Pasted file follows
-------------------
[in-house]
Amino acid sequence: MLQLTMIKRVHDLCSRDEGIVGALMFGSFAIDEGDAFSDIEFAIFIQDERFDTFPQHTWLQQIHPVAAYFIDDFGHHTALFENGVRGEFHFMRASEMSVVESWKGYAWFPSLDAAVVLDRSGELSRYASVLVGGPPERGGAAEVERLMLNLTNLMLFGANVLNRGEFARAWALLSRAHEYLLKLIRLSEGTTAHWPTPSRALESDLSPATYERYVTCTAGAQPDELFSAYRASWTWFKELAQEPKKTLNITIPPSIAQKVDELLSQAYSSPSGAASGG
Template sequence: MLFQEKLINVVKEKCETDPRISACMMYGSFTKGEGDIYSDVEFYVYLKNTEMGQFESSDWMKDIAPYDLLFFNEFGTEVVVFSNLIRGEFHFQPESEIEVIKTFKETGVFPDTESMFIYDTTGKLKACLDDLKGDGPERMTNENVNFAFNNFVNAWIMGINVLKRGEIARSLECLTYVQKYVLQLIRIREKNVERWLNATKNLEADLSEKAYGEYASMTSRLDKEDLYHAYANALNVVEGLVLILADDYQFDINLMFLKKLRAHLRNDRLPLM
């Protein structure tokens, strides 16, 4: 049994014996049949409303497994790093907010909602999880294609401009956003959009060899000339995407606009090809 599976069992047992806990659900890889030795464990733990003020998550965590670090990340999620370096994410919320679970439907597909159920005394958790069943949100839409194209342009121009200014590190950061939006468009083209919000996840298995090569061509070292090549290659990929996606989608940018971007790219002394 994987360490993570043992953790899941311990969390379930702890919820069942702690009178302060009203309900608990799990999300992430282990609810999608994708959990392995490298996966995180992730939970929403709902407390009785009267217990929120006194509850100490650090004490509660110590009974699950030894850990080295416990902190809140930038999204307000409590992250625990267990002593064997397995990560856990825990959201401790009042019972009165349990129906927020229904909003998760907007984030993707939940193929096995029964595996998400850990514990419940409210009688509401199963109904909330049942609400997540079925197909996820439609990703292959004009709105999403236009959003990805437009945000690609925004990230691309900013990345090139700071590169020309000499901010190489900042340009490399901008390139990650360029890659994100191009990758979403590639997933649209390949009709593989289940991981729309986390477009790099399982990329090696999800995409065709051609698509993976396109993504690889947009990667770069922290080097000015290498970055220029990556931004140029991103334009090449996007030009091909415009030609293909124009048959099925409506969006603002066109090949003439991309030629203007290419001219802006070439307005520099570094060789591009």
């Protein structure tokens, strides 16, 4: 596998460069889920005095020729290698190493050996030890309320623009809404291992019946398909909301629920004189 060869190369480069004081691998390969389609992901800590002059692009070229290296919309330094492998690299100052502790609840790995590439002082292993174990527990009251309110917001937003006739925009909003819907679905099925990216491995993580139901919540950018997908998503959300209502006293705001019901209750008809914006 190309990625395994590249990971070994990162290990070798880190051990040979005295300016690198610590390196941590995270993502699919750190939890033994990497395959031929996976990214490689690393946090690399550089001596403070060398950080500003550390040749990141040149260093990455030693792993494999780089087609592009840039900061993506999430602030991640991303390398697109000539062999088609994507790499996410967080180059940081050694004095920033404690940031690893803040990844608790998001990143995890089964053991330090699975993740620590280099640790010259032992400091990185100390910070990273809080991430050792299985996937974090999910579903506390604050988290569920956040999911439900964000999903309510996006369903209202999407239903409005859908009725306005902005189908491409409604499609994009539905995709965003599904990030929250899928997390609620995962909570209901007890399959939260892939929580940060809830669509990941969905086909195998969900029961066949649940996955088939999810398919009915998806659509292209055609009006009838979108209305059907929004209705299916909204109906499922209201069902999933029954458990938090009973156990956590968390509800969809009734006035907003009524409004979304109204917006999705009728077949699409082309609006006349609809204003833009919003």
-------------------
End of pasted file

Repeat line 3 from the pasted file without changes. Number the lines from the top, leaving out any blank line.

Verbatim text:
Template sequence: MLFQEKLINVVKEKCETDPRISACMMYGSFTKGEGDIYSDVEFYVYLKNTEMGQFESSDWMKDIAPYDLLFFNEFGTEVVVFSNLIRGEFHFQPESEIEVIKTFKETGVFPDTESMFIYDTTGKLKACLDDLKGDGPERMTNENVNFAFNNFVNAWIMGINVLKRGEIARSLECLTYVQKYVLQLIRIREKNVERWLNATKNLEADLSEKAYGEYASMTSRLDKEDLYHAYANALNVVEGLVLILADDYQFDINLMFLKKLRAHLRNDRLPLM